By Louis Chan
AsAmNews National Correspondent
Setsuko Winchester describes herself as a a Japanese American, a ceramicist, and former journalist at NPR.
In November, she embarked on a personal journey.
She took 120 hand made clay bowls she had crafted and set out to take them to each of the ten incarceration camps that imprisoned Japanese Americans during World War II.
Winchester wanted to photograph the bowls at each of the locations and recently visited the last of the four locations. What does any of this have to do with Donald Trump? Please read to the end.
During her visit to Tule Lake, she heard high school students from Klamath Falls, Oregon openly using the slur “jap.” The boys seemed to be trying to impress the girls and the girls seemed to enjoy it, laughing about it as if it was all one big joke.
Winchester went about her visit, trying to ignore the distraction from the students.
Later, as she described in her blog, Freedom from Fear Project, four or five of the boys approached her with their teacher. This is how Winchester described her encounter.
“These boys would like to say something to you.” One White boy stepped forward and said, “We are very sorry. We didn’t mean to be hurtful or disrespectful. We will not do it again.” Of the group, there were two who appeared non-white, one ethnically Mexican, the other perhaps South Indian. One of them stepped forward and said, “I, of all people, should not be saying things like that and I am deeply sorry.” I said I really appreciated it and gave the two a hug and went on to do my project.
Later, I talked more to the teacher. She said her students were not bad boys. She said she thought what they said was wrong and hurtful but that bringing them here was part of trying to teach them something different. “I really don’t think they meant any harm,” she said. I said I agreed.”
In an interview with people from the Franklin D Roosevelt Four Freedoms Park on Roosevelt Island in New York, Winchester talked about why she called her art project Freedom from Fear.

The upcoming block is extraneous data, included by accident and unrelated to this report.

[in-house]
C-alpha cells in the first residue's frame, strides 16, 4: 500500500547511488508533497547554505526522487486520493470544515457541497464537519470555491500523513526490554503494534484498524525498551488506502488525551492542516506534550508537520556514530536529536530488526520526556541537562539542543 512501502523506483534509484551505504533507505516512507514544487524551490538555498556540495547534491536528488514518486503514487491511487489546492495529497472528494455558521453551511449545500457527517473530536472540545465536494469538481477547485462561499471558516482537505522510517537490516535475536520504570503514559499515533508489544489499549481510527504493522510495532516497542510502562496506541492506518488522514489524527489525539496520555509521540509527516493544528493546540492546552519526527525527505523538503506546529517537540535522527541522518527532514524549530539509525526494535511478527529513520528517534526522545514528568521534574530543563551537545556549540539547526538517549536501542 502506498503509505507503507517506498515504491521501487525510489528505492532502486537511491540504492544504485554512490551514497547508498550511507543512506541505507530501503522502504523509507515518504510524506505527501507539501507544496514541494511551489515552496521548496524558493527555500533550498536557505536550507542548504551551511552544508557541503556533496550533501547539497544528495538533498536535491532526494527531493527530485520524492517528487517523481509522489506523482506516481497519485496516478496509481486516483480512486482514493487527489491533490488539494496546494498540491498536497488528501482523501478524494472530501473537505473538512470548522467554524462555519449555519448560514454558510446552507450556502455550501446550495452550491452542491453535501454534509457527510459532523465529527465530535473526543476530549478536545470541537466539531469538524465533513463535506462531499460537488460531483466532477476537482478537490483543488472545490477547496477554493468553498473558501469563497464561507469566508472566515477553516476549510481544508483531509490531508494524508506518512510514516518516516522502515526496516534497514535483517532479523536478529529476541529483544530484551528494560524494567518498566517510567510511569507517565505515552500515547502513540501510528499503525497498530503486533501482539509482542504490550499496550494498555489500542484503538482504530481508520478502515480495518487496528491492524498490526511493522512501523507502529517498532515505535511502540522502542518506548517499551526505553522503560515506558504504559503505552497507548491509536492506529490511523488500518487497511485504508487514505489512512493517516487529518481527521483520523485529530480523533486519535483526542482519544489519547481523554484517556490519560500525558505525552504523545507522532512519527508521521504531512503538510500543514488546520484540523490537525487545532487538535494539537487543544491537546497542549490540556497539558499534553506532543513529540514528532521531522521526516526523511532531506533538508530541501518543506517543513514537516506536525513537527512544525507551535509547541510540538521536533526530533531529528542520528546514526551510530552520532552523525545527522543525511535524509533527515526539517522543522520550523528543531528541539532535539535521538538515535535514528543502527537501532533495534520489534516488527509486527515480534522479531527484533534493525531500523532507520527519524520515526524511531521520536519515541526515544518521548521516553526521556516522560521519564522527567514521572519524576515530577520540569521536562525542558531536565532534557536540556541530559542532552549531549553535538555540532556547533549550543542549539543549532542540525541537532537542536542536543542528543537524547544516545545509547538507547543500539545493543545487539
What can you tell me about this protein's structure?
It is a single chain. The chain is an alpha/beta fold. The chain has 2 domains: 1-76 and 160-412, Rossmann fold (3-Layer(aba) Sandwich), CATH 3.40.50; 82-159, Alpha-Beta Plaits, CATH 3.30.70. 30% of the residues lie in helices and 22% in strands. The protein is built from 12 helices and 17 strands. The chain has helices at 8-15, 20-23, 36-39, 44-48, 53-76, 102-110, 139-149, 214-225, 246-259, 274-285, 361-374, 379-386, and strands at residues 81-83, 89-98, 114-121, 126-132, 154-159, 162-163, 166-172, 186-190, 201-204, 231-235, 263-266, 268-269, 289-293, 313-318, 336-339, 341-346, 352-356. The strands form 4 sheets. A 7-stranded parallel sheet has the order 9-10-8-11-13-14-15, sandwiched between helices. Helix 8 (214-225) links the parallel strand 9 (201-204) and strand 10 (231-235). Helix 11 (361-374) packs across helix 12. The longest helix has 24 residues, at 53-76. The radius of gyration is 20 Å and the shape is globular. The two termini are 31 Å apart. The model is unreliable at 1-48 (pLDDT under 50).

“It’s in reference to FDR’s Four Freedoms Speech in which he said that Americans had the right to Freedom of Religion, Freedom of Speech, Freedom from Want and the Freedom from Fear,”she said. “My ceramic essay is an attempt to use something beautiful to examine an ugly part of our history thus turning its memory inside out. Rather than expose the ugliness of those who perpetuated and confirmed the Fear (FDR included), I wanted to show the humanity of those who were incarcerated. They were not soulless, faceless, monsters but individuals with hopes and dreams of making a new life, like all immigrants who found their way to America. Freedom from Fear implies an “other.” I hope I was able to make the other side visible.”
Now lets come full circle back to Donald Trump.
While at Tule Lake, a park ranger told Winchester that the site has been getting more visitors interested in the incarceration because the presumptive presidential nominee Trump had said it might be a good idea to bring back incarceration camps for Muslim Americans. These visitors weren’t interested in learning from mistakes in our history, but wanted to find out how internment “worked.”
While some may laugh at some of what Trump says as absurd, others are taking his ideas to heart. That’s something to keep in mind this November when you go to the polls. If you’re not registered, reclaim your voice and take the time to register to vote. Then go one step further and use that power for good.
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